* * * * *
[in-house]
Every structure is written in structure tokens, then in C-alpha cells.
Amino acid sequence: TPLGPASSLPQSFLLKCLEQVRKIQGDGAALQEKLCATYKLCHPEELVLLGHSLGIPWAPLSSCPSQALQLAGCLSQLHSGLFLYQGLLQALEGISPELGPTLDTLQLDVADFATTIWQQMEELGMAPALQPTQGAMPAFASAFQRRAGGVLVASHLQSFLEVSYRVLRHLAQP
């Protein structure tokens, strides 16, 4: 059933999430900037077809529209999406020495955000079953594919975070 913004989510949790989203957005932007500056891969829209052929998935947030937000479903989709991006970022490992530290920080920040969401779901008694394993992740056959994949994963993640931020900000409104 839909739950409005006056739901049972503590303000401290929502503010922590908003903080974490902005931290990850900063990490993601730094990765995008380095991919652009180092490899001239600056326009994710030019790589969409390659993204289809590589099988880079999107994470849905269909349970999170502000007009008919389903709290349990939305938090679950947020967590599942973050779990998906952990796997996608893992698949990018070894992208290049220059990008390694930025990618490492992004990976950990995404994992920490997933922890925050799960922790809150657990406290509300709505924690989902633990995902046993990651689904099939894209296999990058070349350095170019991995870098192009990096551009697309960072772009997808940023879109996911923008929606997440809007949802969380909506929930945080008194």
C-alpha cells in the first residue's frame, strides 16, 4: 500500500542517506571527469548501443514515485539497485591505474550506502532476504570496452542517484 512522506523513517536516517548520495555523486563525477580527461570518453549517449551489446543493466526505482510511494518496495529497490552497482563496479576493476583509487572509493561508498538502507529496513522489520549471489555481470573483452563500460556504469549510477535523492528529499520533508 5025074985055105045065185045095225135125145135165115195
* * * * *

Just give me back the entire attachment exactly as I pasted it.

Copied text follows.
[in-house]
Every structure is written in structure tokens, then in C-alpha cells.
Amino acid sequence: TPLGPASSLPQSFLLKCLEQVRKIQGDGAALQEKLCATYKLCHPEELVLLGHSLGIPWAPLSSCPSQALQLAGCLSQLHSGLFLYQGLLQALEGISPELGPTLDTLQLDVADFATTIWQQMEELGMAPALQPTQGAMPAFASAFQRRAGGVLVASHLQSFLEVSYRVLRHLAQP
């Protein structure tokens, strides 16, 4: 059933999430900037077809529209999406020495955000079953594919975070 913004989510949790989203957005932007500056891969829209052929998935947030937000479903989709991006970022490992530290920080920040969401779901008694394993992740056959994949994963993640931020900000409104 839909739950409005006056739901049972503590303000401290929502503010922590908003903080974490902005931290990850900063990490993601730094990765995008380095991919652009180092490899001239600056326009994710030019790589969409390659993204289809590589099988880079999107994470849905269909349970999170502000007009008919389903709290349990939305938090679950947020967590599942973050779990998906952990796997996608893992698949990018070894992208290049220059990008390694930025990618490492992004990976950990995404994992920490997933922890925050799960922790809150657990406290509300709505924690989902633990995902046993990651689904099939894209296999990058070349350095170019991995870098192009990096551009697309960072772009997808940023879109996911923008929606997440809007949802969380909506929930945080008194």
C-alpha cells in the first residue's frame, strides 16, 4: 500500500542517506571527469548501443514515485539497485591505474550506502532476504570496452542517484 512522506523513517536516517548520495555523486563525477580527461570518453549517449551489446543493466526505482510511494518496495529497490552497482563496479576493476583509487572509493561508498538502507529496513522489520549471489555481470573483452563500460556504469549510477535523492528529499520533508 5025074985055105045065185045095225135125145135165115195